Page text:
In 2018 Koziel reported another case (described by the author as rare), of spontaneous fistulization in duodenum of a large WOPN previously treated with endoscopic ultrasound-guided transmural drainage and lumenapposing metal stent placement in the gastric wall [10]. The author hypothesized that the patient experienced spontaneous fistulization of WOPN to duodenum most likely caused by the inefficient passive drainage through the gastric transmural access.

Finally, in 2019, Shen and colleagues published an interesting work about the outcome of a particular type of duodenal fistulas, infected pancreatic necrosis associated duodenal fistula (IPN-DF), that was rarely reported in literature. Their retrospective cohort study was mainly focused on the management and outcomes of IPN-DF in the era of minimally invasive techniques. One hundred and twenty-one consecutive patients with infected pancreatic necrosis were enrolled: 10 developed duodenal fistula and nine had their fistula resolved spontaneously over time, by means of controlling the source of infection with the use of minimally invasive techniques; no open surgery was performed. The authors concluded that IPN-DF could be managed successfully using minimally invasive techniques [11].

Another aspect to be considered for the management of pancreatic necrosis is the so-called “step-up” approach. This term was coined for the first time in 2010 with the PANTER trial, from the Dutch Acute Pancreatitis Study Group and was initially applied as a less-invasive approach alternative to surgical open necrosectomy for infected pancreatic necorsis; it consisted of percutaneous drainage followed, if necessary, by minimally invasive retroperitoneal necrosectomy. This less-invasive approach led to a reduction in morbidity and mortality, with superiority over more invasive ones, demonstrated also recently at a long-term follow-up [12,13]. The management of infected necrotizing pancreatitis has changed dramatically during the last 10 years and continues to evolve with growing expertise, new techniques and ongoing research efforts. It is clear, when possible, that a more conservative approach improves outcomes. This includes using antibiotics, delaying interventions, starting with less invasive interventional strategies when possible and upgrading as necessary. Choosing the most appropriate treatment is a multidisciplinary decision because it uses techniques that span the departments of gastroenterology, surgery, radiology and critical care.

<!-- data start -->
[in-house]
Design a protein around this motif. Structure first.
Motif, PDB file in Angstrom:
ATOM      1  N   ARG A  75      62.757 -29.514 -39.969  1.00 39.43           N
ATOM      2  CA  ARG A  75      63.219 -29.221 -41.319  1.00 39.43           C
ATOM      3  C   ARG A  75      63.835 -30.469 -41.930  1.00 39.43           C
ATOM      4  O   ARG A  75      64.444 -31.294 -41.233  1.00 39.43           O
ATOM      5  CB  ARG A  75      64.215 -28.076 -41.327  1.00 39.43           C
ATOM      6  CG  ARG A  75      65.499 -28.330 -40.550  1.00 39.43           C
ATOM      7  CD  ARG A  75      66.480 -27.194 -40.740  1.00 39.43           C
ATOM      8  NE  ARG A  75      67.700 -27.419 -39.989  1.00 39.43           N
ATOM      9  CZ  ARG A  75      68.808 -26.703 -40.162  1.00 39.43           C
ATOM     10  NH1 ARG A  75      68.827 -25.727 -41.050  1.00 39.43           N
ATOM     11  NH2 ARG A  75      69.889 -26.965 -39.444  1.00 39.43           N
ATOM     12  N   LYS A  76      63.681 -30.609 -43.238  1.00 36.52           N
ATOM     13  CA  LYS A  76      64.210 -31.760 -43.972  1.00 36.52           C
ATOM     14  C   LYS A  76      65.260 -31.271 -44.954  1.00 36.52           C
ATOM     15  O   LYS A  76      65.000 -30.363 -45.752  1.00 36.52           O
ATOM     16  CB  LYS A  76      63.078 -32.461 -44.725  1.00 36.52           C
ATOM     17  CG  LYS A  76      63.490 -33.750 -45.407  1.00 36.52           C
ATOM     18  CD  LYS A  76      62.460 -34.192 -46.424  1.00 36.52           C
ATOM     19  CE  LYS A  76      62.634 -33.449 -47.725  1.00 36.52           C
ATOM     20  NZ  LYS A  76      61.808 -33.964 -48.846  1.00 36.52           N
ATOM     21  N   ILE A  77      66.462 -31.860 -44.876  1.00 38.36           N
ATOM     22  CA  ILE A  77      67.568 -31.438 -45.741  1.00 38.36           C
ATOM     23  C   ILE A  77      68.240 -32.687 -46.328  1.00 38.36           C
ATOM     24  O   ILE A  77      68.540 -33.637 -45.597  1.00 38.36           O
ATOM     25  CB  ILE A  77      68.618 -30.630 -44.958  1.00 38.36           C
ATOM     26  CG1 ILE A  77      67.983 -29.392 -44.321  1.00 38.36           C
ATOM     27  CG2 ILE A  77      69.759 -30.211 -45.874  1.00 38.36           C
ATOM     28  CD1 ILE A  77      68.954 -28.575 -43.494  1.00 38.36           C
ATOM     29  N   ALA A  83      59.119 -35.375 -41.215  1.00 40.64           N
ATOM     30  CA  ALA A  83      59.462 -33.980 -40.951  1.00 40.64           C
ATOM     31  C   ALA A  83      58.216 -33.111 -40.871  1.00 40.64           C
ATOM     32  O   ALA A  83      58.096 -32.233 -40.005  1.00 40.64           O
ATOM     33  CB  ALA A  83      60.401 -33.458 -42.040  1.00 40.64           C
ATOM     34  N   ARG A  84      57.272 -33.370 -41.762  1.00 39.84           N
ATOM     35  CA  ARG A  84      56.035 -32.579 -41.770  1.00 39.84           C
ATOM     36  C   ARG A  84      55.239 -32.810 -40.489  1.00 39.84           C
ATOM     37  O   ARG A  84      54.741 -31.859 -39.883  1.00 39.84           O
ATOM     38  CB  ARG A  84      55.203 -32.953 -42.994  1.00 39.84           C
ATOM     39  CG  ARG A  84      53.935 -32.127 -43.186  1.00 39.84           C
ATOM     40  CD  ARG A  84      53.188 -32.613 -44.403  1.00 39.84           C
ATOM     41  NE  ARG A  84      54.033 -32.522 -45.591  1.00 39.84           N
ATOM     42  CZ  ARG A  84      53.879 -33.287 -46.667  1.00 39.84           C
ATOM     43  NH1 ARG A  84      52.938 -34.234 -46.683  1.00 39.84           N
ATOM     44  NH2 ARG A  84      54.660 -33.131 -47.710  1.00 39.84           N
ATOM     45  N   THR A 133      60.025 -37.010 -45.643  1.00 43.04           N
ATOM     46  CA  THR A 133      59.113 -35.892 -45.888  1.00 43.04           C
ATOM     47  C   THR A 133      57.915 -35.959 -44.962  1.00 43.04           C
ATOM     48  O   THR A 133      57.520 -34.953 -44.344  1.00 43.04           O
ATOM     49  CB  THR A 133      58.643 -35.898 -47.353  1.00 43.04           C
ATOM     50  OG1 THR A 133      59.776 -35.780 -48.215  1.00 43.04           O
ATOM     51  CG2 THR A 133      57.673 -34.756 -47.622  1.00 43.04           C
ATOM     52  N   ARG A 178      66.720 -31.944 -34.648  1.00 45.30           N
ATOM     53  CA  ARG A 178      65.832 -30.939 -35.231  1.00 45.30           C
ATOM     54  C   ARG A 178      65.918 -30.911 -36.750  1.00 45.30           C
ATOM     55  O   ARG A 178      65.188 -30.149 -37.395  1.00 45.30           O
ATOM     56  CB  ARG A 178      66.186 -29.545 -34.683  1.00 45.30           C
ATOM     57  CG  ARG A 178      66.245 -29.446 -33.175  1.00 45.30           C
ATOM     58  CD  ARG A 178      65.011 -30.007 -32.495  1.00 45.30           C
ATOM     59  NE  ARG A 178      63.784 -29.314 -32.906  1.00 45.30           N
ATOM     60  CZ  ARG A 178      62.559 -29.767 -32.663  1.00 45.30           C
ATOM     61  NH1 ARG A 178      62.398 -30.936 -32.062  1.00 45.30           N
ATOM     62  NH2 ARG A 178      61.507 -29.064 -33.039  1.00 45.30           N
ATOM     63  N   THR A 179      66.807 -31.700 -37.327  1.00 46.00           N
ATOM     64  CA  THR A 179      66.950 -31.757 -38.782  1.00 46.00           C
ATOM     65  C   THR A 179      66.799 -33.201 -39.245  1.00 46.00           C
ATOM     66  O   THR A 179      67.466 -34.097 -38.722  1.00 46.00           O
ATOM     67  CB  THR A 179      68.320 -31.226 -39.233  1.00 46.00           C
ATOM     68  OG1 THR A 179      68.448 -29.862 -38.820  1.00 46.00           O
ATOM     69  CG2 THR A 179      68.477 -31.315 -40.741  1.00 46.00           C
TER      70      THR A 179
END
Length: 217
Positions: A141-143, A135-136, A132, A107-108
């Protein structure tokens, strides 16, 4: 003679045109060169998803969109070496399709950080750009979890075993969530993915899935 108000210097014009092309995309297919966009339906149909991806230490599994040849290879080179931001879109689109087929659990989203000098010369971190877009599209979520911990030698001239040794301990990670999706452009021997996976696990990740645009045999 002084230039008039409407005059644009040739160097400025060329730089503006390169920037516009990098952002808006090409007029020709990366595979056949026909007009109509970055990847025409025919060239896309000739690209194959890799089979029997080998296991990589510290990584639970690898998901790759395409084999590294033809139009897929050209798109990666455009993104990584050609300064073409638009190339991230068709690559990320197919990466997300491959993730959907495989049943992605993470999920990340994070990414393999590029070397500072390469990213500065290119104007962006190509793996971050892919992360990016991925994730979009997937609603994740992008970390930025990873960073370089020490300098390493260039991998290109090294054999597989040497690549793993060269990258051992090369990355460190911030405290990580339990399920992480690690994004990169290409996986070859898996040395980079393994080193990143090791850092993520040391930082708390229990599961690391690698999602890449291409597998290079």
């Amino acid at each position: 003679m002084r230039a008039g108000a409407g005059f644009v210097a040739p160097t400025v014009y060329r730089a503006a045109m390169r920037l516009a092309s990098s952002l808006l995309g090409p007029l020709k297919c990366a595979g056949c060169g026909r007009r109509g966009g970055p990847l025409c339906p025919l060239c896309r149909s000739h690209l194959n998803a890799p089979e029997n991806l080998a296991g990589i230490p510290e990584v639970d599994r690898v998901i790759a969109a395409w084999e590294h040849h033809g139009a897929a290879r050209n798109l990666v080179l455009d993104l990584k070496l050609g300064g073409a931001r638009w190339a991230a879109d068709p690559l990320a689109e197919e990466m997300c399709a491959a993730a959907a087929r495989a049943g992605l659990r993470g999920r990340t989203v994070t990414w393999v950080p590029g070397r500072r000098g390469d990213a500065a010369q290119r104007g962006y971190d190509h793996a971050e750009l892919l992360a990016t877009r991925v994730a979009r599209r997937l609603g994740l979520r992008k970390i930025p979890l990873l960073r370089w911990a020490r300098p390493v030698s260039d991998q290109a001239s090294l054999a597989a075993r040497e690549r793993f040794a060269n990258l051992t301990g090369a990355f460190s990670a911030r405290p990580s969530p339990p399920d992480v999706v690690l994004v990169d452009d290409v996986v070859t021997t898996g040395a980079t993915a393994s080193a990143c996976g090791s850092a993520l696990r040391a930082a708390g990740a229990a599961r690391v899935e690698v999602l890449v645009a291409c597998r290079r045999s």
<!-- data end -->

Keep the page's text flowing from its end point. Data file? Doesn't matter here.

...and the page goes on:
We have recently published a brief and practical review on the management of Acute Pancreatitis and its complications, outlining the importance of basing treatment on clinical evolution, reserving invasive procedure until really necessary [14].

Taking this into account, we reported another case of spontaneous GI fistulizazion (into the duodenum) of an infected pancreatic necrosis which resolved completely without needing of intervention. A correct management of this complication requires, on the other hand, a good knowledge of literature regarding the problem, a multidisciplinary approach and expertise in treating AP patients. Cases such as this reinforces the idea that the clinical course of patients with WOPN should dictate the need for any intervention. As demonstrated here, even fistulization to the GI tract can potentially lead to resolution rather than complications and the “step-up” approach to patients with WOPN can limit the morbidity of intervention to those individuals in which the clinical course of disease dictates its necessity.

Conflict of Interest

None declared.

Patient Consent

Informed consent was obtained from the patient for the publication of her information and imaging.